Whenever I get to London, I make a point to go to the Victoria & Albert Museum of art and design. No question. If it’s the only building I visit while I’m there, I’m fine with it. It’s one of my favourite places on the planet.
Museums and galleries are often my preferred haunts – both at abroad and at home in Toronto. Each has something to offer, but some institutions are better at welcoming you. They’re simply a pleasure to be in. It’s difficult to put your finger on the whys of it, but you know it as soon as you walk through the front door (when you walk into the V&A, you see Dale Chihuly’s gorgeous glass sculpture – below). Great museums engage the public, provide new and compelling ways to look at art or history, and just draw you in better. That’s how I feel about the V&A. It’s really just fun to be inside it.
So, what’s so great about it? First of all, it’s free. Special exhibitions can be rather expensive (but totally worth it if you can afford it), however, they aren’t necessary to your enjoyment of the place. The museum is plenty big enough to get lost looking and learning for hours.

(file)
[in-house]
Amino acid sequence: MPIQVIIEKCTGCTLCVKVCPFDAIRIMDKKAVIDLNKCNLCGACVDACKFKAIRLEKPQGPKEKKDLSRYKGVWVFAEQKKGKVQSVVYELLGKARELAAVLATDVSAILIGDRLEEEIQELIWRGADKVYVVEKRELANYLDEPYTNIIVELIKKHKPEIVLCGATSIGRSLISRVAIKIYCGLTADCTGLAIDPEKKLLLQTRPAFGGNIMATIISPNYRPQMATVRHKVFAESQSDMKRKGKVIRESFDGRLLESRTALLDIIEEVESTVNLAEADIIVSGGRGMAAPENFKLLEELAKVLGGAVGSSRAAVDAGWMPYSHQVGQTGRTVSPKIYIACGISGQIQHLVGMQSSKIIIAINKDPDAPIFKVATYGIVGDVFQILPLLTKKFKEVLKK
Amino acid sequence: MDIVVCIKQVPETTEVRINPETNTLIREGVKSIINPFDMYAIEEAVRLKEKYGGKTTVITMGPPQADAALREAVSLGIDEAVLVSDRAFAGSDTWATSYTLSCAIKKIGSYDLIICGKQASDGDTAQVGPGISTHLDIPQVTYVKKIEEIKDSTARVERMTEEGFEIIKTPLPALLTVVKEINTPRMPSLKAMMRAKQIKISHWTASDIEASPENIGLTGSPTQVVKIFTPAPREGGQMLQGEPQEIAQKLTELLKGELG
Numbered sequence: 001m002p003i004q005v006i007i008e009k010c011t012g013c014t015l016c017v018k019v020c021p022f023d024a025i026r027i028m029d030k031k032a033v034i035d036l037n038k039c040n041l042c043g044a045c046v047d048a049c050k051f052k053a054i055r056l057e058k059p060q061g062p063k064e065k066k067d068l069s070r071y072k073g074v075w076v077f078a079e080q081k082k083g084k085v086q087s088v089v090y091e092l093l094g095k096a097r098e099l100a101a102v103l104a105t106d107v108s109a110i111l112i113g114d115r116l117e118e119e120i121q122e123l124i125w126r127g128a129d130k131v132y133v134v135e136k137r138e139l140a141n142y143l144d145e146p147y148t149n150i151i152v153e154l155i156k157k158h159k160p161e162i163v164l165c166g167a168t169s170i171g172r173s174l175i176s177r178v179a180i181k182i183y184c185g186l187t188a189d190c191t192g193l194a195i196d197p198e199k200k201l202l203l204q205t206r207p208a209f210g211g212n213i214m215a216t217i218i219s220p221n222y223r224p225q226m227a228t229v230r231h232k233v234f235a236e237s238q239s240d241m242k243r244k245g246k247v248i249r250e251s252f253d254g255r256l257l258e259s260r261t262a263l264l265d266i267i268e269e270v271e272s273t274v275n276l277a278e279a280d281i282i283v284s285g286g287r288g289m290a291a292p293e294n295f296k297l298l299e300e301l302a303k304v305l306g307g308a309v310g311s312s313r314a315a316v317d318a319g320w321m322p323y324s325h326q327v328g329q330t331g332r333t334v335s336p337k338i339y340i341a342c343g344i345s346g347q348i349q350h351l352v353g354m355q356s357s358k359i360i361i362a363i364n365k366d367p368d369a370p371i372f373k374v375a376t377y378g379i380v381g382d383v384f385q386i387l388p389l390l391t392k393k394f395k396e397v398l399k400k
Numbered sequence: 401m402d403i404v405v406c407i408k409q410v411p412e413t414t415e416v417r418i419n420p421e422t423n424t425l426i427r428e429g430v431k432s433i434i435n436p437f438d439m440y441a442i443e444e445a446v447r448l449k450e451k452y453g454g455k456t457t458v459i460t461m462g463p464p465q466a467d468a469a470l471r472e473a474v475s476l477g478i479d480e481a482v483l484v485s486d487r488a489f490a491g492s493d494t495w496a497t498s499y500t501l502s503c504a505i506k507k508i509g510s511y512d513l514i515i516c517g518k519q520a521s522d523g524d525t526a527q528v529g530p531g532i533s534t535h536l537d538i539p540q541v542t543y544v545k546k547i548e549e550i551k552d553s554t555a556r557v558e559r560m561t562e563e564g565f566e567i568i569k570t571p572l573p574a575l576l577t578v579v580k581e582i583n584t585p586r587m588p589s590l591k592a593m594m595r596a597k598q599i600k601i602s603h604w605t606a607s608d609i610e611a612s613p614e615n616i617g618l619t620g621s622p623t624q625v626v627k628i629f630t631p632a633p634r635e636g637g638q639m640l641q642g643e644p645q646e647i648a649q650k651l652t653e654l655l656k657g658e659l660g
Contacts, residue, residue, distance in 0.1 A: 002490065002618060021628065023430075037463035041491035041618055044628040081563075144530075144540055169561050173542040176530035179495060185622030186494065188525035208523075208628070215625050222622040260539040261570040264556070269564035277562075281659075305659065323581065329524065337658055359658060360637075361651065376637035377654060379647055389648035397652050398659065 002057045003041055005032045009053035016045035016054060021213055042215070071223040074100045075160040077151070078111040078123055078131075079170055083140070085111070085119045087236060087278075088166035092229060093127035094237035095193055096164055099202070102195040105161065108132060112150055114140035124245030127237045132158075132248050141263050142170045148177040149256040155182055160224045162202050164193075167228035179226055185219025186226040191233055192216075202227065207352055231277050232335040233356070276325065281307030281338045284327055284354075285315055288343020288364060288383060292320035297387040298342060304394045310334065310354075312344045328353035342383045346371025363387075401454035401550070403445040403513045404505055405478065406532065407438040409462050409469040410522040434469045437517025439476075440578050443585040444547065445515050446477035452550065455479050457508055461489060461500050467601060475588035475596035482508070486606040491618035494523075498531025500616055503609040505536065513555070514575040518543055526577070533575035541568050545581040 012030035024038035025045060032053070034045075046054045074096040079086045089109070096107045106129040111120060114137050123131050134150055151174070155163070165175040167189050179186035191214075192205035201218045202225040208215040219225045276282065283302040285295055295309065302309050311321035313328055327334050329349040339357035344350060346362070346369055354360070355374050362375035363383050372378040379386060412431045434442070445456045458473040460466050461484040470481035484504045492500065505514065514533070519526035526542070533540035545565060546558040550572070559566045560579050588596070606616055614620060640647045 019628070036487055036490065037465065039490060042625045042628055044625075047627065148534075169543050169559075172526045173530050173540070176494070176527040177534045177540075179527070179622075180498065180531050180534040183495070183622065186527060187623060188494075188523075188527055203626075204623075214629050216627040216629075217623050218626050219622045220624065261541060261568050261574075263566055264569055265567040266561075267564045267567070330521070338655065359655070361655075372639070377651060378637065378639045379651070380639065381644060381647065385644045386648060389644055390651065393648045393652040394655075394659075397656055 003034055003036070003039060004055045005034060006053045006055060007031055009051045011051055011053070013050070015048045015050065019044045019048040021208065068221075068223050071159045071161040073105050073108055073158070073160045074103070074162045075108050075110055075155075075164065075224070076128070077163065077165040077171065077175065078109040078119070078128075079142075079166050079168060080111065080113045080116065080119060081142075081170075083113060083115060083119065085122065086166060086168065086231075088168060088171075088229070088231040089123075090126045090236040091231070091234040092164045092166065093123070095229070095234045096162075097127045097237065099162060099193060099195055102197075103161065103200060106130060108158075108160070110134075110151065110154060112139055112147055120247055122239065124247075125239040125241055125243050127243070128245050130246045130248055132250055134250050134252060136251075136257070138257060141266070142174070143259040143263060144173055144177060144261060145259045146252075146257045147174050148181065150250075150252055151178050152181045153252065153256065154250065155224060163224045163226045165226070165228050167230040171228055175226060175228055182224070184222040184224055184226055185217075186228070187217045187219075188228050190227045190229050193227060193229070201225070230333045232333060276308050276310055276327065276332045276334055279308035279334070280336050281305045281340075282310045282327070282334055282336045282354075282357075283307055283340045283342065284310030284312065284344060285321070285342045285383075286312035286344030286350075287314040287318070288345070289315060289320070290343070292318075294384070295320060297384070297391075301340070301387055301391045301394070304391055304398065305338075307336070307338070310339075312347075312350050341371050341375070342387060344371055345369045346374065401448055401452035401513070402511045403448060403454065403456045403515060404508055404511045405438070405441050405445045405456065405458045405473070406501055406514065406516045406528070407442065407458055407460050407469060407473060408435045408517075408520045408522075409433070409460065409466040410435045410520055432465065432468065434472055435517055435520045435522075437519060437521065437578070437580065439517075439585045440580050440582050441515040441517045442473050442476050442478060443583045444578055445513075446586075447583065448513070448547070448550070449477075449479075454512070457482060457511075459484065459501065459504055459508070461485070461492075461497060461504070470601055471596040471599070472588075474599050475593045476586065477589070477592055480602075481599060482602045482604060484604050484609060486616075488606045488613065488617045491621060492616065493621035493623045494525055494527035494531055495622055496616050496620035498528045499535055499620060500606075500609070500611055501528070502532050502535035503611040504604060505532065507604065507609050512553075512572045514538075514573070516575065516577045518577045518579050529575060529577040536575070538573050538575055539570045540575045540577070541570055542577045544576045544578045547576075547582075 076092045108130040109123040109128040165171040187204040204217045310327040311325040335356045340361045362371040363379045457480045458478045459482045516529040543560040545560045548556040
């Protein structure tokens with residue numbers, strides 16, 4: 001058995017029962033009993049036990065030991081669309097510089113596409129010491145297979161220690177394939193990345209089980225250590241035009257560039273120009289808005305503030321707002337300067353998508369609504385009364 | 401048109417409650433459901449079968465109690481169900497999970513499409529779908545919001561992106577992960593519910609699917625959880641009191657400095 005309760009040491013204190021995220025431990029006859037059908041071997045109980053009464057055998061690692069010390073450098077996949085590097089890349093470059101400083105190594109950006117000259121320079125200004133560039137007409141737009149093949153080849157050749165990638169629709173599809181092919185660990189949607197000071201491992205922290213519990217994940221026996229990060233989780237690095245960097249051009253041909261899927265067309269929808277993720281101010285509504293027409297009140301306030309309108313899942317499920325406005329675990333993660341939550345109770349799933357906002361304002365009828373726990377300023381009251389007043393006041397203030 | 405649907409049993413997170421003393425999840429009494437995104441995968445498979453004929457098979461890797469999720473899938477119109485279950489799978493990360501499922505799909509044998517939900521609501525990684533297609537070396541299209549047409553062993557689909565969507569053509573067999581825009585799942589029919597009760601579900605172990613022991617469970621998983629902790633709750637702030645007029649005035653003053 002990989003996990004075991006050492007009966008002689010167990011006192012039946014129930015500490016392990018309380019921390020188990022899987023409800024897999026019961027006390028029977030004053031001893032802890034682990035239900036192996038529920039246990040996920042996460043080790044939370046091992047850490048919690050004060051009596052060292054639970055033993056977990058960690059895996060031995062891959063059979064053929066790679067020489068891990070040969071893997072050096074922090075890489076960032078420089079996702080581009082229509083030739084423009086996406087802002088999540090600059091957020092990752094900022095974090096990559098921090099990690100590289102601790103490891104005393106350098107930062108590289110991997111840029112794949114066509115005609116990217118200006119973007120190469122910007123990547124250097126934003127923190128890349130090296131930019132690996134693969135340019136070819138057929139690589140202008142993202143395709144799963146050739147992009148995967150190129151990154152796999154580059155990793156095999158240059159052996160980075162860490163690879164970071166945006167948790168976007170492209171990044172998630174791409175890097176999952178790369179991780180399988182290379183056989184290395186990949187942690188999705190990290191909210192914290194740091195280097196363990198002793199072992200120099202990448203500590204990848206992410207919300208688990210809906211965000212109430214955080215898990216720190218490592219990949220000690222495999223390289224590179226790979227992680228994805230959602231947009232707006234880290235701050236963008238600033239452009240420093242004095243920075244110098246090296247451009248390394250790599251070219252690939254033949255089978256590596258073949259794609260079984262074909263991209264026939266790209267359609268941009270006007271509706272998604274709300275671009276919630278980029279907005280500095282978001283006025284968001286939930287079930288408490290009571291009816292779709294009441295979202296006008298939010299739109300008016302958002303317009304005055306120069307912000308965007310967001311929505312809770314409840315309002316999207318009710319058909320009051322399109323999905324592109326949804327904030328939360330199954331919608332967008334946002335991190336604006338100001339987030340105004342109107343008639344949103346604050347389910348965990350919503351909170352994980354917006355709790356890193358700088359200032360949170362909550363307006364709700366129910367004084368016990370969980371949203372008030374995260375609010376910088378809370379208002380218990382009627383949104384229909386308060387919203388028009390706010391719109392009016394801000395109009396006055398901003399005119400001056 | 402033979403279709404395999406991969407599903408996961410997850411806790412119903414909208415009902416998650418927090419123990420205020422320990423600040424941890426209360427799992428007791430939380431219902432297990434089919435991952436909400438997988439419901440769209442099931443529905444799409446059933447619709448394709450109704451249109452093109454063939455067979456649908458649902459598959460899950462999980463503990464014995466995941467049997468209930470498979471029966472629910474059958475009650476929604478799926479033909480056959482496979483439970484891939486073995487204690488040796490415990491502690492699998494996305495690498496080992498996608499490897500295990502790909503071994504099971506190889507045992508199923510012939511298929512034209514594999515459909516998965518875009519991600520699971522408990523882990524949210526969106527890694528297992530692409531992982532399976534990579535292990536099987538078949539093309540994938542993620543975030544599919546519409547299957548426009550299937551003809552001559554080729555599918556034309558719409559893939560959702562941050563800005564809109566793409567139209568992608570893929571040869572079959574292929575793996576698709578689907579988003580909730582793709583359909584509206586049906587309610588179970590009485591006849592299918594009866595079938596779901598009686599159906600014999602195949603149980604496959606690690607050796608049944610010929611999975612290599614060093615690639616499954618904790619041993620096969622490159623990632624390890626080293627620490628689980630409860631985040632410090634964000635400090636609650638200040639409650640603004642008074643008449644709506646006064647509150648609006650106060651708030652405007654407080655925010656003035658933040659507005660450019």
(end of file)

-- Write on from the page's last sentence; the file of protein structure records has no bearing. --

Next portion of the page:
Second, it’s more than simply paintings and sculptures (though I’m a fan of those too). They have wonderful paintings, drawings and sculptures – but what I really love is wandering through the V&A’s collections of jewellery, ceramics, fashion, furniture, textiles, photography and my absolute favourite, metalwork. Ever seen centuries of intricate wrought iron designs in one place? It’s absolutely spectacular.
During my October 2015 visit, in addition to taking in the amazing shoe exhibition (Shoes: Pleasure and Pain), I finally got around to seeing their glass collection. Even the stairway bannister is made of narrow towers of glass:
And third, the V&A has a beautiful garden area in the middle of the museum, a large square with a pretty fountain, with tables and chairs. The architecture is beautiful, and on a sunny day (below is a pic from June 2013), it’s simply stunning.
Tell me you’re not just itching to sit down mid-museum wander for a coffee in this lovely square! It’s even better (and highly appropriate) if that coffee’s in a William Morris design paper cup (as mine was in the picture at the top of this post).